One of the promises that the Internet holds for film producers is something known as video on demand (VOD). This up-and-coming technology will enable a distributor to send a movie to a requestor over the Internet. There would be no need for physical tapes, and so no customer would ever be turned away because all of the copies had been rented. Additionally, distributors wouldn’t incur the costs associated with manufacturing and shipping tapes. VOD would ultimately render all video stores obsolete.

Tried-and-true business models have become obsolete overnight, and long-time standards have been replaced by rules that change so quickly that even those with the resources to play by the new rules are finding it difficult to keep up.

There are obstacles to this method of distribution. For example, most experts believe that the technology to make VOD viable is still several years in the future. Also, no one yet knows whether customers will be willing to watch movies on a computer screen, if that proves necessary. Nevertheless, many players are currently scrambling for position in what could become the video-rental game of the future. Trimark, a distributor, has formed a subsidiary known as CinemaNow, which has gone online with a preliminary Web site. CinemaNow will provide Trimark’s entire library of movies over the Internet, offering free and pay-per-view options combined with advertising and an online store for movie-related merchandise. A new player, AOL Time Warner, combines a high-bandwidth cable network with access to 20 percent of total U. S. households, an Internet portal with 20 million subscribers, and the entire Warner Brothers studio’s movie library.

In an interesting twist, already allows customers to place advance orders for tapes of new releases before they become available. This allows a customer who is impressed by a preview for an upcoming movie to order the tape even before the movie is released. Instead of standing in line to buy a fistful of tickets for the whole family to see the movie in the theater, the purchaser can merely wait for the tape to arrive.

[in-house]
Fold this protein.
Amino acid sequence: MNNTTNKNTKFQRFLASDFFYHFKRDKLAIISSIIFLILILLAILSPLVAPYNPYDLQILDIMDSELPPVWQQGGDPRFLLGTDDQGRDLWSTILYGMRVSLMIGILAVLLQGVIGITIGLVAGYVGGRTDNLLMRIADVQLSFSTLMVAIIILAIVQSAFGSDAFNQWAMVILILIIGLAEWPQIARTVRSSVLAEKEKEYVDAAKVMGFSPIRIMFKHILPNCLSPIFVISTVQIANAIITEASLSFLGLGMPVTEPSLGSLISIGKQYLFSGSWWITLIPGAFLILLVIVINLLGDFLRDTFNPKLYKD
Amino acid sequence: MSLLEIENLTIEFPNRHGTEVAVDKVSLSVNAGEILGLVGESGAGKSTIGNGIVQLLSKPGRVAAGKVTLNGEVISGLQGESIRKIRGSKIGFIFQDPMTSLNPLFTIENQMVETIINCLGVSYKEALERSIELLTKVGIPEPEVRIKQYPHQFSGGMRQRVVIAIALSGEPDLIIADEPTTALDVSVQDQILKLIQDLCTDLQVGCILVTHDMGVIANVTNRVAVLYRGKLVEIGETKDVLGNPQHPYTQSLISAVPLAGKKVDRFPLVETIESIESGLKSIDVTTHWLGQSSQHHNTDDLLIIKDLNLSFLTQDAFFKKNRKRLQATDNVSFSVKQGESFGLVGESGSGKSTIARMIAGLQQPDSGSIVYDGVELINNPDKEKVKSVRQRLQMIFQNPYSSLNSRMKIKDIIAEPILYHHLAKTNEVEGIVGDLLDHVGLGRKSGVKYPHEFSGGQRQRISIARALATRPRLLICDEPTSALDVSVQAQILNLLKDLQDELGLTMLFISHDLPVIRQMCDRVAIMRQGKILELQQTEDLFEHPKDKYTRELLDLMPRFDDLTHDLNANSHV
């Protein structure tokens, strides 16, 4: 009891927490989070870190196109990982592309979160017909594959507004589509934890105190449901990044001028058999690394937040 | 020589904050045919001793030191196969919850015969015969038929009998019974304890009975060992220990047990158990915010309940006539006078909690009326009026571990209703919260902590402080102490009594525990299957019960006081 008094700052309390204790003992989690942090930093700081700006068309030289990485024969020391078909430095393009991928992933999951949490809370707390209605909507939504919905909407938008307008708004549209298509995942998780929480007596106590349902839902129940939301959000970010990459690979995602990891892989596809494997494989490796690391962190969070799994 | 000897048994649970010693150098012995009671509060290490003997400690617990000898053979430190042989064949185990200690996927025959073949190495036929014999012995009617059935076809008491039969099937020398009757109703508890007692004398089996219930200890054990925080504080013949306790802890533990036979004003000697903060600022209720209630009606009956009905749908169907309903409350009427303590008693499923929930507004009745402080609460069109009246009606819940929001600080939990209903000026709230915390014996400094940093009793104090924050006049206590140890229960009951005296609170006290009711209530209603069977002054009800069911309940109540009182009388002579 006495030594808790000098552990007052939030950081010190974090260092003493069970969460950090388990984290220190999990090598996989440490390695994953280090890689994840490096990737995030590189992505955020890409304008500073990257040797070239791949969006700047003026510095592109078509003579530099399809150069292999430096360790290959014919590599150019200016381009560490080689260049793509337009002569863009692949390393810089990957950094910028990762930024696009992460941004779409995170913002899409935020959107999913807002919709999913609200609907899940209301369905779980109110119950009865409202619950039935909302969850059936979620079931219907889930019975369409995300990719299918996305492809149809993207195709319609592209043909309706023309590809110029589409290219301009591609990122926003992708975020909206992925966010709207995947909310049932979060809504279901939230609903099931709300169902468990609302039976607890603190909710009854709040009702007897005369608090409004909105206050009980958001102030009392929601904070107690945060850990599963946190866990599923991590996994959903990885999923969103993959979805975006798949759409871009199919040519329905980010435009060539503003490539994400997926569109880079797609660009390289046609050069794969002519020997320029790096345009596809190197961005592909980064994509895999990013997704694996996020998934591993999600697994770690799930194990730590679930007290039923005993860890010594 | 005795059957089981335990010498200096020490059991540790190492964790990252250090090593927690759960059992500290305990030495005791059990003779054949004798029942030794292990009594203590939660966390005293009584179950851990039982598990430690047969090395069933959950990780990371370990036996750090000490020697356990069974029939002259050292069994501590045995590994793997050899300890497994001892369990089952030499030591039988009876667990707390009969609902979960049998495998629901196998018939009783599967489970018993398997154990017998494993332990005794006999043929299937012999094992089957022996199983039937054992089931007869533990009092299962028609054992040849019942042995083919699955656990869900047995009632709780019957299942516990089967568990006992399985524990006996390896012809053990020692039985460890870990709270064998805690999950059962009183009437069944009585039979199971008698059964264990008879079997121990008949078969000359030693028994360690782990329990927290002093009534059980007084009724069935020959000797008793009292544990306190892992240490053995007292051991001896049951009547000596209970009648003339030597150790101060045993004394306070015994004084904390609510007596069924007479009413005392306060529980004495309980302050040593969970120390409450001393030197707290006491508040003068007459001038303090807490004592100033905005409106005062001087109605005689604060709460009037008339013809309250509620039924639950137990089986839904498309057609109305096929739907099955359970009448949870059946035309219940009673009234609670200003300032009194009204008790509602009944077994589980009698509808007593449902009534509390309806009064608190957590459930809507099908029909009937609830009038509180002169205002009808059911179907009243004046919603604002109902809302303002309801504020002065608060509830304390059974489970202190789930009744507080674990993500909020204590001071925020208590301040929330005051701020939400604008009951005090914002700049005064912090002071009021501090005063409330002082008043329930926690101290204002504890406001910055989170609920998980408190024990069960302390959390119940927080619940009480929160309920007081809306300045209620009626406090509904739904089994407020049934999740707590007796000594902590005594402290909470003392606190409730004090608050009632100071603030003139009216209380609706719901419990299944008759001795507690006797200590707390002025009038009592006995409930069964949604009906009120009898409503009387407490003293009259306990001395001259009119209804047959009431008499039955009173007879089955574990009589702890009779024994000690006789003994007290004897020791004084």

Gauging the Systemic Impact

Although it’s too early to predict what will come of these possibilities, it’s clear that the growth of different kinds of secondary media will continue to squeeze even the major players in the video-rental business. Thus, while Blockbuster is currently enjoying its comfortable seat within a “Success to the Successful” dynamic, they may face a bumpy ride on a “Limits to Success” archetypal structure lurking just around the corner. For, what good is having the overwhelming share of a market, if that market shrinks out of existence? Just as Blockbuster changed the game rules of the video-rental industry when they introduced revenue sharing, others may develop even newer strategies and technologies – and this time, it will be Blockbuster’s turn to react to this changing reality. Whether the company succeeds may well depend on their ability to gauge the impact of their own actions on the larger system in which they operate.


  • The Blockbuster story depicts the dangers of unintended consequences. Even when a strategy is successful — like the company’s use of revenue sharing to reclaim market dominance – a less obvious aspect of that dynamic may undermine the strategy over the longer term — like the studios’ reducing the time before releasing videos on pay-per-view. Identify several initiatives that your department or organization has undertaken that seem successful. Can you find hints that certain unintended consequences of these strategies may ultimately undermine their success? You may want to use causal loop or stock and diagrams to help identify causal relationships, delays, and long-term outcomes
  • List several key aspects of your job, department, or organization and graph the impact that new technologies have had on those variables over the course of the past year or two. For instance, how has the Internet affected your customer base over the past few years – do you have more, fewer, or the same number of customers than before? What patterns have your key competitors experienced? How do you think the actions that you and your competitors take over the next five years will affect these trends? Even if your organization has a well-formed strategic plan for dealing with changing industry conditions, taking the time to graph your assumptions over time can help you identify potential weaknesses, oversights, and contradictions in your action plans.

Richard White is a writer, performer, and director. He is currently the chief specialist in organizational design, learning, and process at the consulting firm Approach Inc.